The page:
Minnesota is ready to swim with the big boys.
The 5-2 Timberwolves have been one of the most improved teams in the NBA and appear capable of making a deep playoff run, with everything starting to fall into place for this budding side.
They did of course end both Denver and Boston’s unbeaten runs and have a certain killer instinct about them.
Anthony Edwards just keeps getting better and is worthy of at least being in the MVP discussion, with the former No. 1 draft pick averaging a career-best 27.9 points per game.
The Karl Anthony-Towns-Rudy Gobert twin tower frontcourt pairing is finally beginning to work as intended, helping the Wolves post the No. 1 defensive rating.
Towns still isn’t quite performing at his best individually — or at least to the level of a second star on a genuine contender — but there’s time to figure that out and even potentially deal him for another valuable piece.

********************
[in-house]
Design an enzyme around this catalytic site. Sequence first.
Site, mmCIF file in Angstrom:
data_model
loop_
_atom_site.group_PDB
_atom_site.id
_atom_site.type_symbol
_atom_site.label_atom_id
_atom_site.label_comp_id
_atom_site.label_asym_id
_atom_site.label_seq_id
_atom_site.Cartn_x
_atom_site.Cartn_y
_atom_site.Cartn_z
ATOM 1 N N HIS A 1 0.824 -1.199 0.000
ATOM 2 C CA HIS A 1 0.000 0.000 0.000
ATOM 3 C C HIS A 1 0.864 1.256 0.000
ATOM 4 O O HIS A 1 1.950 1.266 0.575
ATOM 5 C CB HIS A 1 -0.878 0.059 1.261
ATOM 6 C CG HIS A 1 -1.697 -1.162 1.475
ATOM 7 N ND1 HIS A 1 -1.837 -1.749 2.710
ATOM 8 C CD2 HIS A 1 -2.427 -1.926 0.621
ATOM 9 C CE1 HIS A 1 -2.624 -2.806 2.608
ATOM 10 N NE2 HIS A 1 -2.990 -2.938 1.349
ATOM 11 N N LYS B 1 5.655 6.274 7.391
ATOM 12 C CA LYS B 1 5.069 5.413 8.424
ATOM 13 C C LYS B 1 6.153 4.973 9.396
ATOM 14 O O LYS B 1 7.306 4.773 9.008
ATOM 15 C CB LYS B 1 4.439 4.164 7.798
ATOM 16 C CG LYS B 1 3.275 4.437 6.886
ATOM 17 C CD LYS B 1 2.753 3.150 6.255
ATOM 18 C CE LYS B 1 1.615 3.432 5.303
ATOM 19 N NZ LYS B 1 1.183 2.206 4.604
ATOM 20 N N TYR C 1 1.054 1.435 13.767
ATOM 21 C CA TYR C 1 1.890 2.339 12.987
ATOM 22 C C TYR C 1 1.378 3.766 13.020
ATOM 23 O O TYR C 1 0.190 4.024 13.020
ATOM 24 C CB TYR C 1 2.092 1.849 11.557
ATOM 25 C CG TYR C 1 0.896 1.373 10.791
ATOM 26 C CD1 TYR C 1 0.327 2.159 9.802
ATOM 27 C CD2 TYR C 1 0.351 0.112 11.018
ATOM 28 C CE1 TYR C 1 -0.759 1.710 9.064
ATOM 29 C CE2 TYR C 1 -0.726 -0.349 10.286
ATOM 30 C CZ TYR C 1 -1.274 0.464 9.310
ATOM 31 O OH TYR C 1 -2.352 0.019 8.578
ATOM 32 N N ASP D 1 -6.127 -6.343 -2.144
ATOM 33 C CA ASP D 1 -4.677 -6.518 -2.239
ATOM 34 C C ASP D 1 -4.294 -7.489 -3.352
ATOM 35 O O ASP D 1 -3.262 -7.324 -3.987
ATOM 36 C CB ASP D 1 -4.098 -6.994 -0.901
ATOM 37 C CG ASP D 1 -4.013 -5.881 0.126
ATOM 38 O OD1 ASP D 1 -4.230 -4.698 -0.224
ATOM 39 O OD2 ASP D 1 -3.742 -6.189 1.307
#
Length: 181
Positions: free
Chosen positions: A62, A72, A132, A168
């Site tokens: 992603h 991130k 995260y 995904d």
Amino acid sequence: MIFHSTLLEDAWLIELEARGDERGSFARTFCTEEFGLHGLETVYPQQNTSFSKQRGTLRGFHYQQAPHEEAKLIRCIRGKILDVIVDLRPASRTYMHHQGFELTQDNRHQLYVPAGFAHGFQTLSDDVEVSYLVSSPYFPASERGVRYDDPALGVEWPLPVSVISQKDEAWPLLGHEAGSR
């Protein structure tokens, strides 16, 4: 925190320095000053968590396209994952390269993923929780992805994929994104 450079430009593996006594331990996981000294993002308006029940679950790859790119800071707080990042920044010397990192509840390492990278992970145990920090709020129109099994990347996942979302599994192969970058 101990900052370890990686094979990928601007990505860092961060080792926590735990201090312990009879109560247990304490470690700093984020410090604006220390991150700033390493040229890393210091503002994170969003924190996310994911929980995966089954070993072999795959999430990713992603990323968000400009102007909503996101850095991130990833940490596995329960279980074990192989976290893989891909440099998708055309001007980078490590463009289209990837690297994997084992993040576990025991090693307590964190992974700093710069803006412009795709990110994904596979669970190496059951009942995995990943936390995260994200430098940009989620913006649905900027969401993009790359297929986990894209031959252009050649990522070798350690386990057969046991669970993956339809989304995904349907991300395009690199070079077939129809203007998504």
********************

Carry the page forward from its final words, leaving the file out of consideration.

The Wolves otherwise have great size and flexibility — including one of the game’s premier defenders in Jaden McDaniels — and depth at every position.
Minnesota ultimately doesn’t really want for anything, and if it can improve a touch offensively, has all the tools to contend with Denver in the West.
BUT THE LAKERS AREN’T A LOCK
It was easy to be a Lakers believer this season.
After going on an epic surge in the second half of last campaign all the way to the conference finals, LA arguably got better over the US summer by topping up its roster with Gabe Vincent, Christian Wood, Taurean Prince and Cam Reddish and re-signing Austin Reaves and Rui Hachimura.
But just like last season, LeBron James and company have started slow out of the gates at 3-5 and have one of the worst offensive ratings in the NBA.